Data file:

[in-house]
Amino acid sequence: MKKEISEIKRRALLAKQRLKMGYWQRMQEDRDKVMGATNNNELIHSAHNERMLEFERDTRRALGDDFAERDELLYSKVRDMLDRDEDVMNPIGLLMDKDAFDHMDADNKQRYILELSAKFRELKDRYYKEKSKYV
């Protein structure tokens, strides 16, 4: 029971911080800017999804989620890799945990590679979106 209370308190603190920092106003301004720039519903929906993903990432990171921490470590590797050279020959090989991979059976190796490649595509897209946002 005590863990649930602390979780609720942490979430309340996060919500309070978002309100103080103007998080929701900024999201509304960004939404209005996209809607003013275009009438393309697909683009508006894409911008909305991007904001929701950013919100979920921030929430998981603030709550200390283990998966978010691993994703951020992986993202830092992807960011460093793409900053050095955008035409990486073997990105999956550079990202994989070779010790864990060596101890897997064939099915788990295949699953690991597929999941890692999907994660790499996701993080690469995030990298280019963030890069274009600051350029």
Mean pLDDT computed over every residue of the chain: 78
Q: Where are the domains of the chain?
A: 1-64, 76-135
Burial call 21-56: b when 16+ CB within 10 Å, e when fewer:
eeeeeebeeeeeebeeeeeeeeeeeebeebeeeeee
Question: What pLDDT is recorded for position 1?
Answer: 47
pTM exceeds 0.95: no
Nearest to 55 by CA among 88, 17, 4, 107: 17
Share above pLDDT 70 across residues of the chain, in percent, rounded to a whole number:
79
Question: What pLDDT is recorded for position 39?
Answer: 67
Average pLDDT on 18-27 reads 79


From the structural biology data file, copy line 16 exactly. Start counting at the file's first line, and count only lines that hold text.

Answer: 67